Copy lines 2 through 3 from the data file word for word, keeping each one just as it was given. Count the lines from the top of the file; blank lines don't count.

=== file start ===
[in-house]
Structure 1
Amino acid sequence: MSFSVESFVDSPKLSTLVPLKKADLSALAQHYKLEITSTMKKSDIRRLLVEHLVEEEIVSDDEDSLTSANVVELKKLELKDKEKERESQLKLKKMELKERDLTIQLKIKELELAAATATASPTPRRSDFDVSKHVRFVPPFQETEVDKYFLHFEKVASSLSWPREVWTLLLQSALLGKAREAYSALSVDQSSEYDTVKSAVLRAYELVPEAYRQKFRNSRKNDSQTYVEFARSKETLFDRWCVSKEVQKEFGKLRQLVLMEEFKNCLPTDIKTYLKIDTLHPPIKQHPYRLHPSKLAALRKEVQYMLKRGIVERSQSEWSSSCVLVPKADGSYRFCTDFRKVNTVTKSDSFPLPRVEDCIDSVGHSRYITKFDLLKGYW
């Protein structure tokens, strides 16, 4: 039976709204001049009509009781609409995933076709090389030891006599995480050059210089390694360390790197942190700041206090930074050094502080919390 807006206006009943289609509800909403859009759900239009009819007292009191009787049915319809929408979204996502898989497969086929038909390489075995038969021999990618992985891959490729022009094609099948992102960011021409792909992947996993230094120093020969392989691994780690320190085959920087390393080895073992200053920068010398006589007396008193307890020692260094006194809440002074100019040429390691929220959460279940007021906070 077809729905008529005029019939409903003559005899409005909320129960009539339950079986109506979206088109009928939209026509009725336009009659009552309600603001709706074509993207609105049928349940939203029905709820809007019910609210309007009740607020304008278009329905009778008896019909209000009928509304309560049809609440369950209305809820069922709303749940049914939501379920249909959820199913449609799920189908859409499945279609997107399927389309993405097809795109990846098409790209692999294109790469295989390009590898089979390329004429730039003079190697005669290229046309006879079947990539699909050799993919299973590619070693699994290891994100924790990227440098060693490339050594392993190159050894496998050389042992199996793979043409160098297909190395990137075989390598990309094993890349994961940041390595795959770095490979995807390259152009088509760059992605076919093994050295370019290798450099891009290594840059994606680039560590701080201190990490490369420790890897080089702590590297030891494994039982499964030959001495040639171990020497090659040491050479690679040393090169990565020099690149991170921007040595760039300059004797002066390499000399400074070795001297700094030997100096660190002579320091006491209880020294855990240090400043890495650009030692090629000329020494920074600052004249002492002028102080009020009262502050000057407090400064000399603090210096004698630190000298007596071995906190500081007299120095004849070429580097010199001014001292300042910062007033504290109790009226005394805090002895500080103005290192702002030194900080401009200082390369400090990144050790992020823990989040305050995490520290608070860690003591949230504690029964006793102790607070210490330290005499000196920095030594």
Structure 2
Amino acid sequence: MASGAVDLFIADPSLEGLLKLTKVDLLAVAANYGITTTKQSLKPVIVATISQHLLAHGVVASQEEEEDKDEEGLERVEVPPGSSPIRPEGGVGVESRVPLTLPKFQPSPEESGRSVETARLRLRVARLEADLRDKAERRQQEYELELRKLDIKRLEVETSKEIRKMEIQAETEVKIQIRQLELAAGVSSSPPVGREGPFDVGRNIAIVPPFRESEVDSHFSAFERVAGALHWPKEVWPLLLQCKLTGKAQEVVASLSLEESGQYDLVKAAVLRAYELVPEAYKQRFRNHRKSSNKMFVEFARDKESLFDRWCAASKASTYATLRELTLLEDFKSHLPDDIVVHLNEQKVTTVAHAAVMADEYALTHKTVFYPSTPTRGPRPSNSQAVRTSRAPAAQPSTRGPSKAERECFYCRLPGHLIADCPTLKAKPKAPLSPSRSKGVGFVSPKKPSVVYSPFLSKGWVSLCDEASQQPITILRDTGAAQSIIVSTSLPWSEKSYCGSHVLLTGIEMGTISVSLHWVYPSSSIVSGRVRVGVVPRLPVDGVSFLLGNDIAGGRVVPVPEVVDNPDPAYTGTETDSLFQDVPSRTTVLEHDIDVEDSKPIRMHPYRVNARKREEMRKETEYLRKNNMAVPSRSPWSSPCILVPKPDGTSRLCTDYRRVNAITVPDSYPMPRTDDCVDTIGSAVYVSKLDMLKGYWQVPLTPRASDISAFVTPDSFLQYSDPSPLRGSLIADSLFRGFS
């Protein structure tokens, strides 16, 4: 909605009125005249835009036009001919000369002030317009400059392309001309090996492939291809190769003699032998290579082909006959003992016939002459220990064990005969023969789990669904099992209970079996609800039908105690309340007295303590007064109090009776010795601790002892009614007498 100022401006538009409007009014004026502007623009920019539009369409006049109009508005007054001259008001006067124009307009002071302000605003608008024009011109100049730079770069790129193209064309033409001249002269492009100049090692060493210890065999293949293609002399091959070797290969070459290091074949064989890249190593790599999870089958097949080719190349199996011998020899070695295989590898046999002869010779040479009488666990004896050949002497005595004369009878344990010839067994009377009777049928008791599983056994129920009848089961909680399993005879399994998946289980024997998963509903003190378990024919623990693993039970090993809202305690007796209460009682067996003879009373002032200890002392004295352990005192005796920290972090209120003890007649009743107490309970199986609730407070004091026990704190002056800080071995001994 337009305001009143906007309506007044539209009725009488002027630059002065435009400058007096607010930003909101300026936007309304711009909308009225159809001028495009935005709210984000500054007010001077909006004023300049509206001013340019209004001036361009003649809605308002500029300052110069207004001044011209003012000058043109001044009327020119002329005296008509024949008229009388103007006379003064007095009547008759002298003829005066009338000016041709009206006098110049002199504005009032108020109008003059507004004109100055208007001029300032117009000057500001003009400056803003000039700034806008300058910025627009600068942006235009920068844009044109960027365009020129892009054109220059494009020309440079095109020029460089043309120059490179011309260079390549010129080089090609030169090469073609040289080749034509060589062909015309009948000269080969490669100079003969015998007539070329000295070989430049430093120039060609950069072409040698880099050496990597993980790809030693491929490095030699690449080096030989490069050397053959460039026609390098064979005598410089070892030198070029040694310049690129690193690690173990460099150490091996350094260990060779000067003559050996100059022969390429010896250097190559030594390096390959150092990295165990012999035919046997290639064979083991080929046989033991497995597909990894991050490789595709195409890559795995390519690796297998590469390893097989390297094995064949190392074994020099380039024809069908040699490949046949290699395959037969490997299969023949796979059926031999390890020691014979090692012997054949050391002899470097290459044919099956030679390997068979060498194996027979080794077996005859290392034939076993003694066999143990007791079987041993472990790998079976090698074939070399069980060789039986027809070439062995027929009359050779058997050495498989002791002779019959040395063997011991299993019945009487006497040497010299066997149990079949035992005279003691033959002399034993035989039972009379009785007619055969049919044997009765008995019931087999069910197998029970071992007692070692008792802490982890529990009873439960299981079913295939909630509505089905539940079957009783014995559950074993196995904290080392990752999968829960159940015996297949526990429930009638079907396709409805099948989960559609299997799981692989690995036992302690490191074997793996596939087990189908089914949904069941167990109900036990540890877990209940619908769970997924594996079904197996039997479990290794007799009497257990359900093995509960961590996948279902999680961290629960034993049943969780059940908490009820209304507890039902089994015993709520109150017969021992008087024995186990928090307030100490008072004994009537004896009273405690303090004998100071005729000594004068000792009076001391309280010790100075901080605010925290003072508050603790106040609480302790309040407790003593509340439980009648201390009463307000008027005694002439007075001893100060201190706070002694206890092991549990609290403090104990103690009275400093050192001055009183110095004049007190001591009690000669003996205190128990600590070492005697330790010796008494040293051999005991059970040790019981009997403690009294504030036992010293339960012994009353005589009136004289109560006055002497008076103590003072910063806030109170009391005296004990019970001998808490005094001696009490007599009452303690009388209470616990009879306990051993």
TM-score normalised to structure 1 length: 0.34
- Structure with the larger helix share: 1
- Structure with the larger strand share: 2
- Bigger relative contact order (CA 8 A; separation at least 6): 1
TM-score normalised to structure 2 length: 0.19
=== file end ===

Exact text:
Structure 1
Amino acid sequence: MSFSVESFVDSPKLSTLVPLKKADLSALAQHYKLEITSTMKKSDIRRLLVEHLVEEEIVSDDEDSLTSANVVELKKLELKDKEKERESQLKLKKMELKERDLTIQLKIKELELAAATATASPTPRRSDFDVSKHVRFVPPFQETEVDKYFLHFEKVASSLSWPREVWTLLLQSALLGKAREAYSALSVDQSSEYDTVKSAVLRAYELVPEAYRQKFRNSRKNDSQTYVEFARSKETLFDRWCVSKEVQKEFGKLRQLVLMEEFKNCLPTDIKTYLKIDTLHPPIKQHPYRLHPSKLAALRKEVQYMLKRGIVERSQSEWSSSCVLVPKADGSYRFCTDFRKVNTVTKSDSFPLPRVEDCIDSVGHSRYITKFDLLKGYW